The main facts, purposes, benefits and things to know about ERPs (2)

October 24, 2018

It is never too soon or too late to understand the basics and the reasons that generated the ERP phenomenon, especially that this type of business software kept pace with trends and times and we are now looking at them being the only viable option for business operations at the threshold of what may be a fully automated age.

With this in view, we selected a few key facts and data from a comprehensive CIO article about ERPs. This week, take a look at the benefits of ERPs, at their suitability and at the way an implementation should look like.


How do ERPS improve performance for businesses?

Having a quality ERP empowers businesses in ways that are hardly attainable with traditional enterprise resources. When such a software is deployed and fully functional, businesses most often report the following:

– Reduced time and increased efficiency for internal business processes;
– Better decisions, once based on shared data and common business processes;
– More agile, quickly adaptable internal structures;
– Better security, due to the centralized data base that is easier to secure.


How suitable is an ERP for your business?

Since ERPs have been around for a while and the brands have had enough time to gain a vast experience, as well as to adapt, currently there are various types of ERPs suited to cover different needs, derived from the type of industry, size, and complexity of the businesses – or even custom-tailored to particular needs, by employing add-ons and personalization methods.

There is virtually no business for which the quality ERP system of choice would be unprepared or unfit. True, ERP vendors advice that companies would choose implementation partners that are familiarized with their industry, since the specific nuances are not impossible to handle for the first time, but the process may be time consuming, while an experienced partner knows exactly what are the needed steps.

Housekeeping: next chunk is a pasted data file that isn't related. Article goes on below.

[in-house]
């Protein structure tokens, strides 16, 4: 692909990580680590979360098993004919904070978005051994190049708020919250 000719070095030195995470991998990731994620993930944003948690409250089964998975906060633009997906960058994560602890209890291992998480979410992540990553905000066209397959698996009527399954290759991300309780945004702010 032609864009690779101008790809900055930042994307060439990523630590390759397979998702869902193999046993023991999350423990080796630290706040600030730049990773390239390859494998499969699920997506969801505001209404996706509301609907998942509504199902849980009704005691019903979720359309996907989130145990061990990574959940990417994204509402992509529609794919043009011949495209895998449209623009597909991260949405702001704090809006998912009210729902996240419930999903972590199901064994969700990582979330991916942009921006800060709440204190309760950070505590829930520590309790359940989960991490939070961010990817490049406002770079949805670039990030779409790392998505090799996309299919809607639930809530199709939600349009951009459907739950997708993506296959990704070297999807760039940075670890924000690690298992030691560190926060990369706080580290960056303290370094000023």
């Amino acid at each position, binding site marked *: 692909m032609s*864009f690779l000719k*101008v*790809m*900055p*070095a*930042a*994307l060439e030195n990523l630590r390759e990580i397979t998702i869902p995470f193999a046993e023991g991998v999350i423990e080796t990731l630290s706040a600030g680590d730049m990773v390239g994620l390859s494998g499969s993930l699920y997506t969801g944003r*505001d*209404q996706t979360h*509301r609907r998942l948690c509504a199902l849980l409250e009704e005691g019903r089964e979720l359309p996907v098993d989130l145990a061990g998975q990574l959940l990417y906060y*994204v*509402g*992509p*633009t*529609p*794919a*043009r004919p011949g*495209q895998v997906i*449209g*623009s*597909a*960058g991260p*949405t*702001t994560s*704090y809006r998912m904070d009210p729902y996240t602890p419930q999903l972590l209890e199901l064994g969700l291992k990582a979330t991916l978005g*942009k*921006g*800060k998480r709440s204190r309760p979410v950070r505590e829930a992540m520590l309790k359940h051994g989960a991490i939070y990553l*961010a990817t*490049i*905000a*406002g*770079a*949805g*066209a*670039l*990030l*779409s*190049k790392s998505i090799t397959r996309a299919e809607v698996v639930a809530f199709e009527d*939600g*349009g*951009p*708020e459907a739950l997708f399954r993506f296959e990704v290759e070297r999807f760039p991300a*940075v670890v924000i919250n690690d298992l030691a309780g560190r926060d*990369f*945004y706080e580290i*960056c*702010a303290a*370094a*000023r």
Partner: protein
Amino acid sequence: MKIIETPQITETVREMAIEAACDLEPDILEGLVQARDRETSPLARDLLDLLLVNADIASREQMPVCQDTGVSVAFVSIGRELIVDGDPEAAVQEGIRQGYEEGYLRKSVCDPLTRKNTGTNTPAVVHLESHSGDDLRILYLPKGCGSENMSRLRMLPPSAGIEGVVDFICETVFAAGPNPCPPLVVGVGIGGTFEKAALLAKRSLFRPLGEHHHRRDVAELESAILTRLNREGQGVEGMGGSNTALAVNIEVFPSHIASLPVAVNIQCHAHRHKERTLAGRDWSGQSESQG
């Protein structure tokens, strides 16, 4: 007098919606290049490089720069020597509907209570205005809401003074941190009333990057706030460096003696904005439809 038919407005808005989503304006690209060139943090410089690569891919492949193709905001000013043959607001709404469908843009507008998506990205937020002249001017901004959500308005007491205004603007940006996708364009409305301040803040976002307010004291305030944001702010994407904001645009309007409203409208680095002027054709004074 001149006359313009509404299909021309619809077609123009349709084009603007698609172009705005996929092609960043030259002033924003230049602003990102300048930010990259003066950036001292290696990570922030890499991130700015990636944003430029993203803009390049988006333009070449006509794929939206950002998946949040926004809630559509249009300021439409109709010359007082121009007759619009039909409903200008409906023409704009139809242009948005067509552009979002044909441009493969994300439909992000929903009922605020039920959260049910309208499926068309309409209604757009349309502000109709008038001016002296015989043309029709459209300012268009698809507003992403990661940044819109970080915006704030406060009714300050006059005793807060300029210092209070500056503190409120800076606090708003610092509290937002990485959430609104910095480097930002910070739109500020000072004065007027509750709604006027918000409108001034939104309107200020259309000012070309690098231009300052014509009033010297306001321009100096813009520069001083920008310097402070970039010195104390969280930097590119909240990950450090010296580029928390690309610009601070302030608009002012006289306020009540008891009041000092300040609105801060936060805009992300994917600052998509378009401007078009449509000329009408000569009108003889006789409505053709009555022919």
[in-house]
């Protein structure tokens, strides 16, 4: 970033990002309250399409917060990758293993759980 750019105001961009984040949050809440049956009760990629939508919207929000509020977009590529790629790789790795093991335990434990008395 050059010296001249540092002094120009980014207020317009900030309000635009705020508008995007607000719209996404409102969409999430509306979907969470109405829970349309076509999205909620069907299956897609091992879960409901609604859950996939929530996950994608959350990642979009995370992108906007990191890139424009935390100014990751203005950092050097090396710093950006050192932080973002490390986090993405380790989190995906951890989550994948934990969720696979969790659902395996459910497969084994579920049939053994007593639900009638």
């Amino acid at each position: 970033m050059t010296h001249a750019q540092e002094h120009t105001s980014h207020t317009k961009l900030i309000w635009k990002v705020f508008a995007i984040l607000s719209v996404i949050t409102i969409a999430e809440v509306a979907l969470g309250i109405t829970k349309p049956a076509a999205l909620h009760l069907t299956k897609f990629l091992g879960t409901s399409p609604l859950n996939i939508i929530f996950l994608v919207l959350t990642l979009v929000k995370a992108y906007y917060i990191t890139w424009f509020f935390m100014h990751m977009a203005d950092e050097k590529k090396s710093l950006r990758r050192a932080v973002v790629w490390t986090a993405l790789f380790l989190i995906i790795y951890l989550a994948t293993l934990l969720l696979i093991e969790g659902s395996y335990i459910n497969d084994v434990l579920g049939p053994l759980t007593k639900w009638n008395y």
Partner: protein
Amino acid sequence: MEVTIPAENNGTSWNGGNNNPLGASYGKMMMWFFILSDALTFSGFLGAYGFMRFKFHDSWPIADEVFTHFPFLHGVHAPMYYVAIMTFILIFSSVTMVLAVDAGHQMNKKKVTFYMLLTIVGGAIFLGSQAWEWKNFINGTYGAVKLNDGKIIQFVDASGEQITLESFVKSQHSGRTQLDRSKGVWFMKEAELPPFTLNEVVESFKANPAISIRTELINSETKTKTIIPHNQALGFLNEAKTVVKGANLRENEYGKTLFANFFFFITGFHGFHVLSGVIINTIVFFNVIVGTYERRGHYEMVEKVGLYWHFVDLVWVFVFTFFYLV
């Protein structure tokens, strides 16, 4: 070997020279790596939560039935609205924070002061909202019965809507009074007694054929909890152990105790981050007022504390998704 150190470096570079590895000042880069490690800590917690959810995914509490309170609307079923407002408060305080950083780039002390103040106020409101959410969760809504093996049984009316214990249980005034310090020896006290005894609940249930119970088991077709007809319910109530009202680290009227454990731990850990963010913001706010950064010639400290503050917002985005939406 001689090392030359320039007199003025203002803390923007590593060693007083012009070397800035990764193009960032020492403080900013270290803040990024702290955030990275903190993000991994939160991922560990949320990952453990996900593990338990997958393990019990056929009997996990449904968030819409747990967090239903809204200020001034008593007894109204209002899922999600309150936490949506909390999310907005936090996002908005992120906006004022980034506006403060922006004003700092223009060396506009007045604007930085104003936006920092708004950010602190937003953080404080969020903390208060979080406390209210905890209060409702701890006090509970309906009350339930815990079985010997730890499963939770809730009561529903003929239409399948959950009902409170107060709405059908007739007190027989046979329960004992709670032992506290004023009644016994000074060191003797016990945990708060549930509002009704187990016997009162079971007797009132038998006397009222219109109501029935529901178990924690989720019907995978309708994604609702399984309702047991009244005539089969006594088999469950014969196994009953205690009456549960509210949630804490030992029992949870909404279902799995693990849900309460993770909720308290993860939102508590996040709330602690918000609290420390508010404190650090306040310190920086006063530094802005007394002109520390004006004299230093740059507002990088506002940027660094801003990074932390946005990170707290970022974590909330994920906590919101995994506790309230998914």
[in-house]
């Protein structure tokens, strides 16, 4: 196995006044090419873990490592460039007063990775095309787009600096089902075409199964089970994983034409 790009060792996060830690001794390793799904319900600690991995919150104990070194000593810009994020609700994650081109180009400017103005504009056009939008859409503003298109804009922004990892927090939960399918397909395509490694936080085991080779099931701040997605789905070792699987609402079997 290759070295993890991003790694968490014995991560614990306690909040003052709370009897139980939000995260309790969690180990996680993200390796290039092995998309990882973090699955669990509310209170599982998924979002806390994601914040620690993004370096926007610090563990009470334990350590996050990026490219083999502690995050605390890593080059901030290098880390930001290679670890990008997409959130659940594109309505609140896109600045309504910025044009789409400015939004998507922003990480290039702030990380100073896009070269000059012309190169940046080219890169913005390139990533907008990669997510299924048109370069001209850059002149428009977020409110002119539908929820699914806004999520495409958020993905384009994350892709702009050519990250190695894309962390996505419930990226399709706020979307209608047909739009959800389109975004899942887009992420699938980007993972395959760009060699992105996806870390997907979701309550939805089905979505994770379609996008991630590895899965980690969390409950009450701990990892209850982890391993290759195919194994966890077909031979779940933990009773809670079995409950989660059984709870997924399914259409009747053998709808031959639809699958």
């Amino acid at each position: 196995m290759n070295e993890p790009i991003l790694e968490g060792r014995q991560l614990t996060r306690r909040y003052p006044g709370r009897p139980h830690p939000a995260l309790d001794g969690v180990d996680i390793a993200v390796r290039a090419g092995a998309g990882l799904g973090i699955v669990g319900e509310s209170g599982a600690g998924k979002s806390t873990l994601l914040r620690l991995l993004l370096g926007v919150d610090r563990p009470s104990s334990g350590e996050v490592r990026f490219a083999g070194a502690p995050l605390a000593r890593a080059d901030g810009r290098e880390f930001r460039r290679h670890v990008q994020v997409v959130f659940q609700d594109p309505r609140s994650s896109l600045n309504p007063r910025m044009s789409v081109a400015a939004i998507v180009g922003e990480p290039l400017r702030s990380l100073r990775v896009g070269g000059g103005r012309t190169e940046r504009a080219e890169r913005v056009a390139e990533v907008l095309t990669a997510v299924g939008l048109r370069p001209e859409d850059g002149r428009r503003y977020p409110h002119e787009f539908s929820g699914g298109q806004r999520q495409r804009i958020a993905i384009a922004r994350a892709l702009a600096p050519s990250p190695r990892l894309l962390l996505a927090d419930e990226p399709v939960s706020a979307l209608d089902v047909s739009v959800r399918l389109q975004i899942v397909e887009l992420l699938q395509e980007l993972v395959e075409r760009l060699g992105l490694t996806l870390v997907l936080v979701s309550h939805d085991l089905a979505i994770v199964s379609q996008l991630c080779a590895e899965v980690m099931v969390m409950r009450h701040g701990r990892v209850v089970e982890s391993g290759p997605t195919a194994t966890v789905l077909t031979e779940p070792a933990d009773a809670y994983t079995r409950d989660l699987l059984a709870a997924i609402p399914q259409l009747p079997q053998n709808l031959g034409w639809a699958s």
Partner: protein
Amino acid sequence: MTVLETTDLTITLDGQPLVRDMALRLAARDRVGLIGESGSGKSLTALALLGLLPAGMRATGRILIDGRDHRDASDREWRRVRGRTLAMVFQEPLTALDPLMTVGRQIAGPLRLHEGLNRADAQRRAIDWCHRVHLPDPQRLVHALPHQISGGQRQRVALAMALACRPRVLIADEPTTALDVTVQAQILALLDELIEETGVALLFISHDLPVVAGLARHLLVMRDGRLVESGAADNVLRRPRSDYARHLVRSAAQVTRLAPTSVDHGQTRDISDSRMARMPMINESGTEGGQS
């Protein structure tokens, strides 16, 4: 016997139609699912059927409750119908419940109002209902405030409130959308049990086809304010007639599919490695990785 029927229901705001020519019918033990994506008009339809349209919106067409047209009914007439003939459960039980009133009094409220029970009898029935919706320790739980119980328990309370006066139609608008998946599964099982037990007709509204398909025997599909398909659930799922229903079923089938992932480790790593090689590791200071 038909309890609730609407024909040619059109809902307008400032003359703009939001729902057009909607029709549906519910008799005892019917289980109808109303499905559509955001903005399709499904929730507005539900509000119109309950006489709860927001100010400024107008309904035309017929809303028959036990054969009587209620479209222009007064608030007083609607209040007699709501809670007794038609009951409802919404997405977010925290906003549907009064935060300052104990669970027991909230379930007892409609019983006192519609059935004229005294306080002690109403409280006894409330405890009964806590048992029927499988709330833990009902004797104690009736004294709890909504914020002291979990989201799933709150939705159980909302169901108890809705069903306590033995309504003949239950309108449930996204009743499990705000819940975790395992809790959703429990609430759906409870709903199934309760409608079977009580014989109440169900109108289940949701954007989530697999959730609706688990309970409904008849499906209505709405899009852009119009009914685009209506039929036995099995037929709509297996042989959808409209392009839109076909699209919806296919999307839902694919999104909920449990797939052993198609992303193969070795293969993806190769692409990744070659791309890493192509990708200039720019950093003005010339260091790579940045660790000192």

The ERP implementation essentials

An ERP implementation presumes an implementation team, a suite of steps and a certain expected duration.
The ERP implementation team is coordinated by an “executive sponsor”, which “gets approval to proceed, monitor progress, chair the steering committee, remove road blocks, and capture the benefits”. This person is different from the company’s CIO, but work closely with the latter, who in fact is the one that advises the executive sponsor in relation with the partner of choice designated to implement the ERP. Other management members may as well get involved in the process – therefore there will be an executive team for the ERP adoption project.

Reporting to this team there should be a business manager and an IT project manager, working together with the external specialists. Most of the times, the adopting company hires an implementation partner – the project manager from this partner company should be included in the implementation management team, as well as any other external specialist at a similar level the company might have hired to help with the entire process.

Curtsy to the source article, here is an image of the implementation team structure, to help with its visualization:


The main ERP implementation steps

The process begins with the stage of gaining formal approval, typically entitled the business case. A general time line for the project belongs to this part.

Following the first step, refining the elements of the business case (including the time line) constitutes the planning stage.

Configuring the software is the 3rd stage mentioned in the CIO source article.

What follows is the ERP system deployment, then the system stabilization.

As for the duration of the ERP implementation, there is no set period, since it is essentially different for each type of company, industry, and specific ERP. The article provides two examples, which you may see for yourself by accessing it here.



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